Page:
Fraud is an unwelcome occurrence at any business or organization. The sting felt when an employee, executive, or vendor betrays trust and steals is difficult to overcome. This is especially true if it happened during the pandemic when Chicago nonprofits were facing significant hurdles to fundraising. Unfortunately, fraud continues to be an ever-present threat that can deplete the needed financial resources essential to sustain programming. In fact, the amount of loss from a single fraud case can be devastating.
According to the 2020 ACFE Report to the Nations, the median, per incident, nonprofit fraud loss was $75,000. This loss represents thousands of dollars that could be used elsewhere to achieve the organization’s mission. Beyond this, it also serves as a motivator for organizations to regularly review and update fraud prevention programs. To help clients, prospects, and others, Selden Fox has provided a summary of the key findings from this ACFE Report below.
About the Report
The report was conducted online to Certified Fraud Examiners globally between July and September 2019. Participants were presented with 77 questions regarding details of fraud cases including information about the perpetrator, victim organization, methods of fraud employed, and overall trends. There was a total of 7,516 survey responses received but only 2,504 were usable for purposes of the report.
- Top Detection Methods – Identifying the most effective detection methods provides important insights for organizations when improving anti-fraud controls. It was found that in 40% of cases fraud was uncovered through a tip or complaint, 17% from an internal audit, 13% from management review, 7% by accident, and 6% through an examination of documentation. Small organizations (i.e., those with less than 100 employees) are especially likely to detect occupational fraud by tip (47%). Based on the results, it is important for organizations to have a tip reporting hotline to allow anonymous reporting.
- Common Fraud Schemes – An effective fraud prevention program needs to be designed to target areas where fraud is most likely to occur. Therefore, the study wanted to understand the most common fraud schemes to help organizations focus those efforts. The survey found that in 41% of cases corruption was the primary scheme, in 30% it was billing, in 23% it was expense reimbursement, in 17% cases it was cash on hand, in 15% it was skimming, in 14% of incidents it was check and payment tampering, in 12% it was cash larceny, and in 11% it was financial statement fraud.
- Perpetrators – The position of the fraudster within an organization not only impacts the difficulty of detection but also the amount of loss. It was found that in 39% of cases an owner/executive committed fraud, 35% were the result of managers/supervisors, and only 23% involved a staff member or regular employee. Concurrently the median loss ranged from $250,000 when committed by executives to $21,000 when committed by staff members. It is obvious that fraud at the executive level poses the greatest risk to organizations.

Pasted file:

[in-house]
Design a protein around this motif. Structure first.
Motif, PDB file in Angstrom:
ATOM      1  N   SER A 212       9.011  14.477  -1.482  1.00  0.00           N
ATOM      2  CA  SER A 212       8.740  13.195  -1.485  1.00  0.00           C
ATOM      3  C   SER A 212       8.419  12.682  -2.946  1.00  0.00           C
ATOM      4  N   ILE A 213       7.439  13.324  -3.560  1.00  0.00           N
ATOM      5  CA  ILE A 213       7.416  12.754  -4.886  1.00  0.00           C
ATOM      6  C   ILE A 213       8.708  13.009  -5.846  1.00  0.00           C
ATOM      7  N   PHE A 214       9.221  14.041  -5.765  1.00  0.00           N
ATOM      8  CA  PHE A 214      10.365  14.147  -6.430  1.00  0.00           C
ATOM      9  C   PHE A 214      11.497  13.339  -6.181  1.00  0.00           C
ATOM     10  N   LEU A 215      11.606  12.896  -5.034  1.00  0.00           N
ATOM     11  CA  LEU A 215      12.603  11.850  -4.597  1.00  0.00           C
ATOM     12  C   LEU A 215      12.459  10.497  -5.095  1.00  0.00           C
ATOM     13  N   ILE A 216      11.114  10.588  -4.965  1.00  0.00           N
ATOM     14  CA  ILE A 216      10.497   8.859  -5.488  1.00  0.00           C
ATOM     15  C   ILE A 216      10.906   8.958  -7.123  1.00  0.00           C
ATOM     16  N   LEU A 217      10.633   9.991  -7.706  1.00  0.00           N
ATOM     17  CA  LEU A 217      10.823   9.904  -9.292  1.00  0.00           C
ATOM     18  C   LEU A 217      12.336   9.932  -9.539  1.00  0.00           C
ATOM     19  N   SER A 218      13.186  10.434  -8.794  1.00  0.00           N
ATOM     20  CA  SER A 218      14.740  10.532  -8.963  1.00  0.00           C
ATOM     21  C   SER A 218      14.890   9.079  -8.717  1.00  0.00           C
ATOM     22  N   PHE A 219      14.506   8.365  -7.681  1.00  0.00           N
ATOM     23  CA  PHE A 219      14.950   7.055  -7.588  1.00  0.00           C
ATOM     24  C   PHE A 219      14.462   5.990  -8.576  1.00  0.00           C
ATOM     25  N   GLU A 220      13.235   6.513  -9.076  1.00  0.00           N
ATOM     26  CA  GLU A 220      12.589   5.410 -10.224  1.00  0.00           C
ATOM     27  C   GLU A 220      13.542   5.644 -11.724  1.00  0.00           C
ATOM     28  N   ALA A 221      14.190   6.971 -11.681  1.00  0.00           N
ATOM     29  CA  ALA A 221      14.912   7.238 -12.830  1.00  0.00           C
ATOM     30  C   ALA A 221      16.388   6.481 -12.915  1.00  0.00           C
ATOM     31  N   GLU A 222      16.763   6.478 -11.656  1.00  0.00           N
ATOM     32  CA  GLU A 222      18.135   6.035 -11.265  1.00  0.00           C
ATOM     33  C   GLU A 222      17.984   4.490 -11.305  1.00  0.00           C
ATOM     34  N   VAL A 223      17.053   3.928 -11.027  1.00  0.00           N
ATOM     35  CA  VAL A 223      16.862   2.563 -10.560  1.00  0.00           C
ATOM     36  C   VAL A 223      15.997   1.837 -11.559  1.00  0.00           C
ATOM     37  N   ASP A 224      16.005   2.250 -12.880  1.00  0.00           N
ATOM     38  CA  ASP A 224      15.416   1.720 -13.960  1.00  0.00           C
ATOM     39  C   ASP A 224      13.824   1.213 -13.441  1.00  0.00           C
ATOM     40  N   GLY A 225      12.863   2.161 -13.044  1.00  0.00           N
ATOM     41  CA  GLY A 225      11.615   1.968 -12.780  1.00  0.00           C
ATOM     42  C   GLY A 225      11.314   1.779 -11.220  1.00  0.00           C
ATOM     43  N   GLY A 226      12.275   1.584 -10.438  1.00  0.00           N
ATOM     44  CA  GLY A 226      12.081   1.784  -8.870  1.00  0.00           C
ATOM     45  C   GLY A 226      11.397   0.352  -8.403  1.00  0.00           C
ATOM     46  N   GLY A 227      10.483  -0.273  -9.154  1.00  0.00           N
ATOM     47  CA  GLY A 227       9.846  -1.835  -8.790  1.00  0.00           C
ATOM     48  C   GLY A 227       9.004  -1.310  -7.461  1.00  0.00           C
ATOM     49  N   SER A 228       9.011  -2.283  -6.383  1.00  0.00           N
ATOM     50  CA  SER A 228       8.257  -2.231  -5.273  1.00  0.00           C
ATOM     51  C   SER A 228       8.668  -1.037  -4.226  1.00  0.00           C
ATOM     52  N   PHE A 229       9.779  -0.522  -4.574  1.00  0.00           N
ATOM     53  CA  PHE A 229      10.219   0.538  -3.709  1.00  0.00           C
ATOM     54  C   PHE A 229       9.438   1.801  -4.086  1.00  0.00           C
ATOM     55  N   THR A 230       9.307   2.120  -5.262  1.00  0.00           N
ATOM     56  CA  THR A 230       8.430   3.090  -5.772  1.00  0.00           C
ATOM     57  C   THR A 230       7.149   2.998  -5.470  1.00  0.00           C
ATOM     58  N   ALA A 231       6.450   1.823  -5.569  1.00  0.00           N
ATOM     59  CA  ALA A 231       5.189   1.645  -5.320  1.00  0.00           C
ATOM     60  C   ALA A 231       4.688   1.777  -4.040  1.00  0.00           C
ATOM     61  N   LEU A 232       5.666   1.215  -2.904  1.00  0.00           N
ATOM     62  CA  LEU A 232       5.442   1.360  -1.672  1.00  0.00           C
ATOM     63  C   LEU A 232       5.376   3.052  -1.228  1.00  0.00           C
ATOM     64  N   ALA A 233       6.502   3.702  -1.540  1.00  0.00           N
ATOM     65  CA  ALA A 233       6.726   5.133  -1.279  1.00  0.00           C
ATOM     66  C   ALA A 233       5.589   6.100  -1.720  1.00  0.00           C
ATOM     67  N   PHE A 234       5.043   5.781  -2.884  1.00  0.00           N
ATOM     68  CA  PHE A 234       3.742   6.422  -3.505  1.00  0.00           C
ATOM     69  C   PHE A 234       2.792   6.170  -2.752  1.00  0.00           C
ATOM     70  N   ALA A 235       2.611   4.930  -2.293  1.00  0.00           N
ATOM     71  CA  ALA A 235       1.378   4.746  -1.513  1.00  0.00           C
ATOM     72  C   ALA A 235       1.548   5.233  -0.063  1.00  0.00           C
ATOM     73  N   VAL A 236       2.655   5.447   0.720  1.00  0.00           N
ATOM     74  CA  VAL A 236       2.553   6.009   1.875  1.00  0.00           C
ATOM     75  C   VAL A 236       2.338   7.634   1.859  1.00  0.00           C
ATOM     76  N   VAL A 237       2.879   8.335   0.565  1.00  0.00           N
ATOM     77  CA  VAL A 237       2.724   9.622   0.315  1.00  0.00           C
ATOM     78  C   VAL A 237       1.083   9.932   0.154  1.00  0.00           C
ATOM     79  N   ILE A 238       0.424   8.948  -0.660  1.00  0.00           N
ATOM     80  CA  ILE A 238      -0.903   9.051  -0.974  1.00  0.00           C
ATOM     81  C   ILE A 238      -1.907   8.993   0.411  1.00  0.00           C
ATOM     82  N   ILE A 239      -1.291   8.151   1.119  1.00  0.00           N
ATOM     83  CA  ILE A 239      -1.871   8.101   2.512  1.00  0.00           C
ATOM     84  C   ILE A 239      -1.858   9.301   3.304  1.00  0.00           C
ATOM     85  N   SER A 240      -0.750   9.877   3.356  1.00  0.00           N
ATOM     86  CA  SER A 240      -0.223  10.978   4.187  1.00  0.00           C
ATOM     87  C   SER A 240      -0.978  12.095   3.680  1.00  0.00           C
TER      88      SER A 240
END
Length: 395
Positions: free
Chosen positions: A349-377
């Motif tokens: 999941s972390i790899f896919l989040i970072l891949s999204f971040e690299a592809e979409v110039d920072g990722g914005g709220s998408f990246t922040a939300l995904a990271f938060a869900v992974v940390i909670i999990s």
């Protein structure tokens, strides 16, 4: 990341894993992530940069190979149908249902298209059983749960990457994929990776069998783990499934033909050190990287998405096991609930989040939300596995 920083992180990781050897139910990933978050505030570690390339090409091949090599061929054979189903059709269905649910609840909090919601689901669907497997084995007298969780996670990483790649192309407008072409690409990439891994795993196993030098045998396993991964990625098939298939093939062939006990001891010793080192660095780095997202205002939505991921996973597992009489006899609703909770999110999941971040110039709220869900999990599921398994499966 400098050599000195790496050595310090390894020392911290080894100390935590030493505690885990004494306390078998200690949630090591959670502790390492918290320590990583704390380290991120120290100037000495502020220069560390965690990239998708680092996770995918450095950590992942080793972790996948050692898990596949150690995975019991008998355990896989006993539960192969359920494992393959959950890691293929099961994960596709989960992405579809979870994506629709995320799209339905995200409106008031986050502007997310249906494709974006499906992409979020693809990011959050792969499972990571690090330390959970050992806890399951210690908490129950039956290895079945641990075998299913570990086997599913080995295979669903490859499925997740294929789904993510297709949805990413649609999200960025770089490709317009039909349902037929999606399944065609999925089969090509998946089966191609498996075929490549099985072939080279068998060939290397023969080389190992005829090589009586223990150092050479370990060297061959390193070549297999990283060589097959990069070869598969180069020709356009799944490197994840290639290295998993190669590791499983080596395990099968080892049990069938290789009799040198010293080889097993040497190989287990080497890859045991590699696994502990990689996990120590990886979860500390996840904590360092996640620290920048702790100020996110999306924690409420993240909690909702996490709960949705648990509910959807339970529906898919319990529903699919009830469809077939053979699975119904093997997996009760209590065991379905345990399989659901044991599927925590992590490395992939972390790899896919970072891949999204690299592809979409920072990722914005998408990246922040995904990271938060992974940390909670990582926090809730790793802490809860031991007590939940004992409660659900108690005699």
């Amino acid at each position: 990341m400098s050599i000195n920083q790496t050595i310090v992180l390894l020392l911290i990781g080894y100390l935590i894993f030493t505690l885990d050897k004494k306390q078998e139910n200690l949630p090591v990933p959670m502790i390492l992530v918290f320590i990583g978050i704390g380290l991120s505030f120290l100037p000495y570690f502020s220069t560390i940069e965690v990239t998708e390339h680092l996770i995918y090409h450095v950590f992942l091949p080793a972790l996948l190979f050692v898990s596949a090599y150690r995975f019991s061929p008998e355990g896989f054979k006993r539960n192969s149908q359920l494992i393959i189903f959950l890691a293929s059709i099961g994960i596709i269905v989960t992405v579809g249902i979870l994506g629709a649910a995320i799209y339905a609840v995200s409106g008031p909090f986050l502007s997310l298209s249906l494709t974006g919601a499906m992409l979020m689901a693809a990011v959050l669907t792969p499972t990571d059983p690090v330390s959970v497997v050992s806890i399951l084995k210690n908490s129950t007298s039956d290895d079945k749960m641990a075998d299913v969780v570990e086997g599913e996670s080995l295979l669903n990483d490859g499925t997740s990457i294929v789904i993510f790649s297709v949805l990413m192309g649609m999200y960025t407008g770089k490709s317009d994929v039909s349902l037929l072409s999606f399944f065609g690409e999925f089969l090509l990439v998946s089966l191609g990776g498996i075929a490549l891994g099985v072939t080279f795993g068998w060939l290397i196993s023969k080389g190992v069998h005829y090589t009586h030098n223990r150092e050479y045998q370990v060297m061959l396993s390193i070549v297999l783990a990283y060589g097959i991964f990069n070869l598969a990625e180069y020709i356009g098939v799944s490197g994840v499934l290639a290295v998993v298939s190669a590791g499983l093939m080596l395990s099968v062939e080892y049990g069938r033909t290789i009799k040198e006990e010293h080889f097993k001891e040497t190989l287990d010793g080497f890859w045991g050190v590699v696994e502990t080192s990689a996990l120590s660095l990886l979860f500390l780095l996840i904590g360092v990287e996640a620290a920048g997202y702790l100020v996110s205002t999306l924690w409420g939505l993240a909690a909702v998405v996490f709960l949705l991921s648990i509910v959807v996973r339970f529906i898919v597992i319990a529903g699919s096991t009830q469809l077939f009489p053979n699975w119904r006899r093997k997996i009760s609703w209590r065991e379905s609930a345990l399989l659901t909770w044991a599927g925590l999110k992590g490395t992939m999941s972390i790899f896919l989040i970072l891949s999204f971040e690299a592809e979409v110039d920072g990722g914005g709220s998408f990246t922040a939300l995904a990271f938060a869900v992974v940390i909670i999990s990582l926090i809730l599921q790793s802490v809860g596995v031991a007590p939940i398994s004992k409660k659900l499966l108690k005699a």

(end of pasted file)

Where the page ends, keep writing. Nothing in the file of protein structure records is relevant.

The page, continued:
- Behavioral Red Flags – While sometimes it is difficult to see the warnings signs that illegal behavior is occurring, it is important to be aware of the red flags. It was found that in 42% of cases the fraudster was living beyond their means, 26% experienced financial difficulties, 19% had an unusually close relationship with a vendor, 13% were irritable or defensive, and 12% were experiencing divorce or other family/personal problems. It is interesting to note that in 85% of cases reviewed in the survey responses there was a least one red flag behavior displayed while the fraud was occurring.
- Job Performance Issues – There is also evidence to suggest that job performance is affected while fraud is occurring. It was found that in 13% of cases the fraudster received poor performance evaluations, 13% of fraudsters had excessive absenteeism, 12% exhibited a fear of job loss, and 10% were denied a raise or promotion. It is interesting to note that one, or more, of these performance issues, was cited in 10% of the fraud cases examined.
- Contributing factors – While no organization is immune from occupational fraud, the nonprofit sector is particularly vulnerable due to less oversight and having fewer resources available to prevent fraud. Top three weaknesses for nonprofits include lack of internal controls, lack of management review, and override of existing internal controls.
The information outlined in the survey provides important details Chicago nonprofits can use to update and enhance fraud prevention programs and internal controls. If you have questions about the information outlined above or for assistance with an issue, Selden Fox can help. For additional information call us at 630.954.1400 or click here to contact us. We look forward to speaking with you soon.